And the Obakki Foundation is such a wonderful initiative alongside the business – can you tell us a bit about it?
Obakki and the Obakki Foundation were always meant to coexist, and my goal for Obakki since the beginning was to aid in covering the administrative costs at the Foundation so that every donated dollar would go toward our livelihood initiatives, education, food security, agriculture and clean water projects. Since we evolved into homewares, Obakki has really grown into a global provider of luxury homewares, one that showcases our impact artisans’ incredible products, and helps connect consumers with the actual humans that make their products. And, the fact that we reinvest our net proceeds back into these initiatives is what continues to drive and inspire me to do more.
“Our constant connection with our artisan partners allows us to trace each product from concept to completion, ensuring that our pillars of sustainability and ethical standards are always maintained. We are there from beginning to end. That’s the only way you can ensure sustainable practices.”
What are some of the recent projects you have worked on that you can highlight?
We’ve installed 100+ water catchment systems and an urban water system for our weavers in Guererro, Mexico.
We’ve installed six clean water points and trained midwives for the weavers on top of the Rwenzori mountains in Uganda.
We’ve built two new jewelry workshops for our artisan partners in Nairobi (and have started construction on two more large scale artisan workshops in Mexico!)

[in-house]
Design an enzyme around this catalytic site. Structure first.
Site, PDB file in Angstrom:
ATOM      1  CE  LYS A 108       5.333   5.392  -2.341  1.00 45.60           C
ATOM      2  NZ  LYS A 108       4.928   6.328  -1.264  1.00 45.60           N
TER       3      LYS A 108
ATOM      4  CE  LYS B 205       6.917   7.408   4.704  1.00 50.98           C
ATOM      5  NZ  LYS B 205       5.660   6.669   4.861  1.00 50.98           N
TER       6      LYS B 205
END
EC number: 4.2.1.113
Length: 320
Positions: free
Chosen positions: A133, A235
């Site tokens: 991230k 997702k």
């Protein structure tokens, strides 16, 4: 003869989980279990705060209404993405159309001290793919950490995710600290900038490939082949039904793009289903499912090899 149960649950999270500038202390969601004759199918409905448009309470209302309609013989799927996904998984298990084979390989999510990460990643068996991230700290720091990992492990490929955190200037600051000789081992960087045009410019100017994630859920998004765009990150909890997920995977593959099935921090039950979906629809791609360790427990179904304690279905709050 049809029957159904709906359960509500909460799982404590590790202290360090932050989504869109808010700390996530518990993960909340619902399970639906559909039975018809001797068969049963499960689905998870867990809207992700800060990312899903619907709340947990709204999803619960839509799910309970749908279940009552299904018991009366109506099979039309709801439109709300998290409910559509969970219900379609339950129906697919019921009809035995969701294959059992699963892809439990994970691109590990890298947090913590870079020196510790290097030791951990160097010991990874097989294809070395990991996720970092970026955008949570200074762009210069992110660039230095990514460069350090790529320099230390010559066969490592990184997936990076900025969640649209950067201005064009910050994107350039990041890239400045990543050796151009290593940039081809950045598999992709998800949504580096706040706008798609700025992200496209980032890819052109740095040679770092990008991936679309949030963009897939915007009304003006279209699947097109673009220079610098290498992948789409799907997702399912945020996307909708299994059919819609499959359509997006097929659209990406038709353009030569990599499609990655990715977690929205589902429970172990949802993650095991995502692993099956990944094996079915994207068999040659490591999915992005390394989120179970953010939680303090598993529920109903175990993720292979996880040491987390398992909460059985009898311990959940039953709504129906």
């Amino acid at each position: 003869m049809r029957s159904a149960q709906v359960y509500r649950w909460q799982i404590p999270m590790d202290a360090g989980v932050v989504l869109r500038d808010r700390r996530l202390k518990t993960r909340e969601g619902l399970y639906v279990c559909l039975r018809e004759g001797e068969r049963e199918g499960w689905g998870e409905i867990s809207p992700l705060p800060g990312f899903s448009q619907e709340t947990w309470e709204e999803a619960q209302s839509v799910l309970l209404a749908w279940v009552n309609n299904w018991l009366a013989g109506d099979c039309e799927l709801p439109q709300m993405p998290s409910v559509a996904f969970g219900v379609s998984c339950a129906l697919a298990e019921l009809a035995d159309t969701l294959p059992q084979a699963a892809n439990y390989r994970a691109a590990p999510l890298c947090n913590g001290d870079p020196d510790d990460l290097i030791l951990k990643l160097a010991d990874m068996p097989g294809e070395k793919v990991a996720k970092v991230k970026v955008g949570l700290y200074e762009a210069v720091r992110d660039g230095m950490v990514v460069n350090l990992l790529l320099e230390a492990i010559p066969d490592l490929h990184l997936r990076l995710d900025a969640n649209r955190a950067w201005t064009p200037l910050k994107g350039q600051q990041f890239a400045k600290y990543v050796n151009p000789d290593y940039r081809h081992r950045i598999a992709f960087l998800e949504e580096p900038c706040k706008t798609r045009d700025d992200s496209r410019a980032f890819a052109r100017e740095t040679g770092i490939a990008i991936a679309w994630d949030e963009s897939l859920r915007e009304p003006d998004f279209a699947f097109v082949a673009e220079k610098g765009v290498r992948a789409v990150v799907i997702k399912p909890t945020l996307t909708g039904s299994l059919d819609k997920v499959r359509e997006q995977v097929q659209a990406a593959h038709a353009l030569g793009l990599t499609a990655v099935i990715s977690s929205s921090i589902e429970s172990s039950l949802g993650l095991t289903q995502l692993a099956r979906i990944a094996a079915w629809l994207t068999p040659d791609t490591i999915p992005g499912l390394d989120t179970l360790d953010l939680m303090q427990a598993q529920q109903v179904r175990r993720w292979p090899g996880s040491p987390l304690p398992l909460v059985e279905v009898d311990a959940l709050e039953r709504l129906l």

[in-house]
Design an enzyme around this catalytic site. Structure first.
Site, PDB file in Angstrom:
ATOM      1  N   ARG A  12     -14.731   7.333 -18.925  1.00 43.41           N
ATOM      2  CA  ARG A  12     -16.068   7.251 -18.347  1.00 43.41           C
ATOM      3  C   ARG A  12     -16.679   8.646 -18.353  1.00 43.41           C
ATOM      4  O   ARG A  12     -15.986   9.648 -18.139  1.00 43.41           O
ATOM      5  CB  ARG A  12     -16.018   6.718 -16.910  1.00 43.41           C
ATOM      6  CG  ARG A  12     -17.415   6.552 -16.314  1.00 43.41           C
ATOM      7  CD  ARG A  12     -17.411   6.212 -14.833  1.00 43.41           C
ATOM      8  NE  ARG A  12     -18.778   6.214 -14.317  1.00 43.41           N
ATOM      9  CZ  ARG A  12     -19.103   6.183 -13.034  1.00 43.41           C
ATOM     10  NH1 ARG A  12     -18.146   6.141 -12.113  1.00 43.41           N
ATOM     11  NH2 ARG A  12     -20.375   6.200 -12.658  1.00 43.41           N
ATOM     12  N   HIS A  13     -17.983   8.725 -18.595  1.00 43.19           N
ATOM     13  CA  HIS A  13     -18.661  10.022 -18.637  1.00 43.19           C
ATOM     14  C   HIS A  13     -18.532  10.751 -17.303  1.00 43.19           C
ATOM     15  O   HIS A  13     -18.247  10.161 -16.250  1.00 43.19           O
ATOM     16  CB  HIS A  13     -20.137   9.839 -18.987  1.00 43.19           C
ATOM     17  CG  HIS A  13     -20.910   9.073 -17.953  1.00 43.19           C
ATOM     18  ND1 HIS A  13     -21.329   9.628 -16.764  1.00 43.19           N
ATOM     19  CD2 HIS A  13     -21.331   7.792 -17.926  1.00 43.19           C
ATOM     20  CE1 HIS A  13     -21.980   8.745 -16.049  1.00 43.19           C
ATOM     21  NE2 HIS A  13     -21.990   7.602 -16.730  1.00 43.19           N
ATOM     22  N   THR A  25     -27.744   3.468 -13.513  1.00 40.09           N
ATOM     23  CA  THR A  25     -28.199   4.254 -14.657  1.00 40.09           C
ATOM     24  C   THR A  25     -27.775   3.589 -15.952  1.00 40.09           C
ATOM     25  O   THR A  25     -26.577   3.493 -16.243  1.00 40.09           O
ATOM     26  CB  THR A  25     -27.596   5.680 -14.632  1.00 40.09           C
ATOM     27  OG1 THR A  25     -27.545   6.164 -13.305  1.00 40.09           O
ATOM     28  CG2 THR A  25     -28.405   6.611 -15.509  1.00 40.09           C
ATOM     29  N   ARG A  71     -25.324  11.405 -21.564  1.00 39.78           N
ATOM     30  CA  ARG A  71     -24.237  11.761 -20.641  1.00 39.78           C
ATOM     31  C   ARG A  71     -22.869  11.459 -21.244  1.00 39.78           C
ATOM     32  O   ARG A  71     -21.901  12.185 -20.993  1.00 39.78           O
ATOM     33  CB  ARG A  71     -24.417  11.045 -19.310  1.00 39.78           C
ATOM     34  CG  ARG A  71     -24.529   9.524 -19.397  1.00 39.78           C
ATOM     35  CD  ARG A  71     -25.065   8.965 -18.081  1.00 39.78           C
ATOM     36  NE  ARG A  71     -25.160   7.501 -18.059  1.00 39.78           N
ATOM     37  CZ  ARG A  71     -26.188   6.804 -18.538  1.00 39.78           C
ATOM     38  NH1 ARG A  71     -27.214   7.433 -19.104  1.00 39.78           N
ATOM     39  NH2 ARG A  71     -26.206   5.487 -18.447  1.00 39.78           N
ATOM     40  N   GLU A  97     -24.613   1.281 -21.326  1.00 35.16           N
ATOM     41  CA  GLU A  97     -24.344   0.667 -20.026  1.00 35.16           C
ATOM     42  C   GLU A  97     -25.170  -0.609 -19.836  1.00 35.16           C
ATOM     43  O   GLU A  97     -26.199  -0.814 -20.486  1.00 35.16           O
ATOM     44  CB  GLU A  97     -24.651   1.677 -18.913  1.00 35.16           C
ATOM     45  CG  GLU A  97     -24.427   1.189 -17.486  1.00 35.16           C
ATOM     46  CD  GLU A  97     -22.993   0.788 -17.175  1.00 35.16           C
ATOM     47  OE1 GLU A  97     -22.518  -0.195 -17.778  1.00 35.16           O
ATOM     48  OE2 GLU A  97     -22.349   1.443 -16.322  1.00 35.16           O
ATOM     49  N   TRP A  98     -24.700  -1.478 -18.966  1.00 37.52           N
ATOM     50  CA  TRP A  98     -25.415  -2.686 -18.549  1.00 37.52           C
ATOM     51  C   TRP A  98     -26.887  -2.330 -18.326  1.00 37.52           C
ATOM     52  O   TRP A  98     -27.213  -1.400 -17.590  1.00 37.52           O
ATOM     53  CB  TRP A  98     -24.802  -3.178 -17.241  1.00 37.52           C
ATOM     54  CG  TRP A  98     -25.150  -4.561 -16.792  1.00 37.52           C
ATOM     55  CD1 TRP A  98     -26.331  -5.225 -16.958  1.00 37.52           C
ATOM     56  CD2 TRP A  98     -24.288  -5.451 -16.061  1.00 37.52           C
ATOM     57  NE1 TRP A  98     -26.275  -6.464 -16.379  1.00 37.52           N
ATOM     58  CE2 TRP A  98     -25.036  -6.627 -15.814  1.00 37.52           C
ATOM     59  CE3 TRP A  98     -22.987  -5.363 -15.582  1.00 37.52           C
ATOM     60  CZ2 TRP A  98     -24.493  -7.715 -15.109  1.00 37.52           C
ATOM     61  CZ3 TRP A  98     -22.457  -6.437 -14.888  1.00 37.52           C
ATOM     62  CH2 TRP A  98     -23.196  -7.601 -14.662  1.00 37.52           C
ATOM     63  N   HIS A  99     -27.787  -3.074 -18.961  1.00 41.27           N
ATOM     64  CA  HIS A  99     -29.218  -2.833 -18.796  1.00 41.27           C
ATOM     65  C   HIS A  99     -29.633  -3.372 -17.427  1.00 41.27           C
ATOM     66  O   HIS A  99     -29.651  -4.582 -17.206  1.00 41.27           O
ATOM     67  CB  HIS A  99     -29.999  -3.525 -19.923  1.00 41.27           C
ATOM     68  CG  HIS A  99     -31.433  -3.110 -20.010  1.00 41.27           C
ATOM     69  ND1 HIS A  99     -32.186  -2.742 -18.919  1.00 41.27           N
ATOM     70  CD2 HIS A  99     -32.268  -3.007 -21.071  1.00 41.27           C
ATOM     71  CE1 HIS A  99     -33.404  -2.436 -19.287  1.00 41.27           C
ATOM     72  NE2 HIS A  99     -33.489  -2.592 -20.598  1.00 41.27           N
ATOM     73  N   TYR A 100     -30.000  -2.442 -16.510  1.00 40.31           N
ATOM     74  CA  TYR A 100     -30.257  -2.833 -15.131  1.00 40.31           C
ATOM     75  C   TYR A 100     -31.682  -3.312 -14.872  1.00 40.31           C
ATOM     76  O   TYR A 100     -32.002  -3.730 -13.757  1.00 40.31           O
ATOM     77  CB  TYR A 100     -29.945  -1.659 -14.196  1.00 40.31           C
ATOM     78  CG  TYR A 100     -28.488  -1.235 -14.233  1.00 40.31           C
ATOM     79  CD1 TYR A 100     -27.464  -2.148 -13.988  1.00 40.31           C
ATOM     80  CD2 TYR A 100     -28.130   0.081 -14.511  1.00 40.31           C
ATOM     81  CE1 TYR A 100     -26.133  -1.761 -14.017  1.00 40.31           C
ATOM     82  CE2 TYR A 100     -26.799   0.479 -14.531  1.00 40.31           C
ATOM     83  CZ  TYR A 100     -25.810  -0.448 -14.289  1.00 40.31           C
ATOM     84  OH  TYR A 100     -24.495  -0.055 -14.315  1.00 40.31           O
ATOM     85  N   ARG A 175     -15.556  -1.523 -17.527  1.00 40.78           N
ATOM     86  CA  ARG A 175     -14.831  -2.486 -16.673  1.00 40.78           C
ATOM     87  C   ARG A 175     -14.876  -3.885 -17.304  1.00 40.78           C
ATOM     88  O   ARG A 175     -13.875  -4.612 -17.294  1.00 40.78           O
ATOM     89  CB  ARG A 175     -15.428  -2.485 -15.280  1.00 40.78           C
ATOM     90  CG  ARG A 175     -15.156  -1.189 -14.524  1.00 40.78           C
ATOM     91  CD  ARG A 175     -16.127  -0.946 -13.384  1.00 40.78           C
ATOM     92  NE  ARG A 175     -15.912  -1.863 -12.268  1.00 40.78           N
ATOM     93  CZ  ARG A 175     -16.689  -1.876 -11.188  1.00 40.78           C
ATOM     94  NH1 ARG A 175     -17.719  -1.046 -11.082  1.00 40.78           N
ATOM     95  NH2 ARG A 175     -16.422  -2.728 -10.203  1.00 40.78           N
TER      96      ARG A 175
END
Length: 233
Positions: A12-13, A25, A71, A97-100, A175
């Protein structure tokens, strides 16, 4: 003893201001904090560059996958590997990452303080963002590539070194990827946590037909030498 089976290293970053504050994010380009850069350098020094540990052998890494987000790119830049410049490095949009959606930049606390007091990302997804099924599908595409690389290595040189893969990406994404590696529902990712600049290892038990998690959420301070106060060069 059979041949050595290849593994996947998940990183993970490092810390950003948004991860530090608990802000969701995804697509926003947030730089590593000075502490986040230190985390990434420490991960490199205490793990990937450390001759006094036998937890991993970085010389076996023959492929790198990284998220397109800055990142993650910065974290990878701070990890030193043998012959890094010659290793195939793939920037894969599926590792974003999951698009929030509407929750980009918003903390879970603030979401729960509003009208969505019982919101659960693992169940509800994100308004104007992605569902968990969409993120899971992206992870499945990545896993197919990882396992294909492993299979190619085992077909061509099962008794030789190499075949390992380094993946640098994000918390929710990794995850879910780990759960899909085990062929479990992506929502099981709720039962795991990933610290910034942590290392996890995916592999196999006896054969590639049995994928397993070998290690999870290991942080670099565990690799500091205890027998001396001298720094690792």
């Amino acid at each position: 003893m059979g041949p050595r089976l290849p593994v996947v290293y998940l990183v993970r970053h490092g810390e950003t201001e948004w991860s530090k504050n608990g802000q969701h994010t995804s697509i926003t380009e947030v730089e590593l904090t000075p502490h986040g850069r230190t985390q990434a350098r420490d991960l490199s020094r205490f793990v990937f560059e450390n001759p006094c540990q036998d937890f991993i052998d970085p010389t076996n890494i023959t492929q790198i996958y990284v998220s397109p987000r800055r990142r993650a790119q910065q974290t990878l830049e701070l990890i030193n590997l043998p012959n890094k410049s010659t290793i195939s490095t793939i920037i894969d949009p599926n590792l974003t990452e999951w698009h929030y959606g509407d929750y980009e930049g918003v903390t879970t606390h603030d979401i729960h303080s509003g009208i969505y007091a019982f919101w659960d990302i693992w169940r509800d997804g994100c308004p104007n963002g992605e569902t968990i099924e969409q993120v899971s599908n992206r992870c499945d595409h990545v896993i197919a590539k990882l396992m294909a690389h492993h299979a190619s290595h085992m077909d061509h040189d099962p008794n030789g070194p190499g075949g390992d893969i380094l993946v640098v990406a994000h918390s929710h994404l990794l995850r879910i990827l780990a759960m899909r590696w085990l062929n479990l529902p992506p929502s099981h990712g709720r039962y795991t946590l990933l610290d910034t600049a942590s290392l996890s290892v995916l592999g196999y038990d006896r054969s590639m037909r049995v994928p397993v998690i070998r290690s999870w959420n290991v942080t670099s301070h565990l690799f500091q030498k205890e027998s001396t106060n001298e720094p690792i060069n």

We’ve trained over 300 beekeepers in Uganda – and have established honey apiaries that have found thriving local markets.
We’ve launched a tailoring workshop initiative in the largest refugee resettlement area in the world (Bidi Bidi, Uganda).
We’ve slowed deforestation and created sustainable incomes with our shea butter harvesting and cold-press oil production (which we purchase for our products in our new skin care line).
We’ve enrolled over 50 children in school full-time in Kibera, Kenya, paying for their school fees, uniforms, and nutritional needs.
And there is more to do. There is always more.
How can we all become involved in the work that the Obakki Foundation is doing?
You can read about all of our programs and donate directly to the Obakki Foundation on our website. We support a mix of clean water programs (to date we’ve drilled over 3,500 clean water wells in Africa), agriculture and food security initiatives and education, along with our artisan partner program and other economic initiatives. We’ve helped over 4 million people so far (and we’re just getting started).
Or you can go to Obakki.com and purchase any of our sustainable homewares – all handmade by incredible artisans who benefit directly from your purchase. Buying beautiful, meaningful items has never had such a powerful impact.
Finally, what are your favourite Obakki products at the moment?
I’m always in love with our earthenware pots from Uganda, and I’ve got a soft spot in my heart for all of our Mexican pottery – my house is full of it! Our new rugs from Chiapas in Mexico have 500 years of history and heritage behind them, and so on, and so on. It’s so hard to choose, I truly love them all.
Words by Treana Peake, Founder of @obakki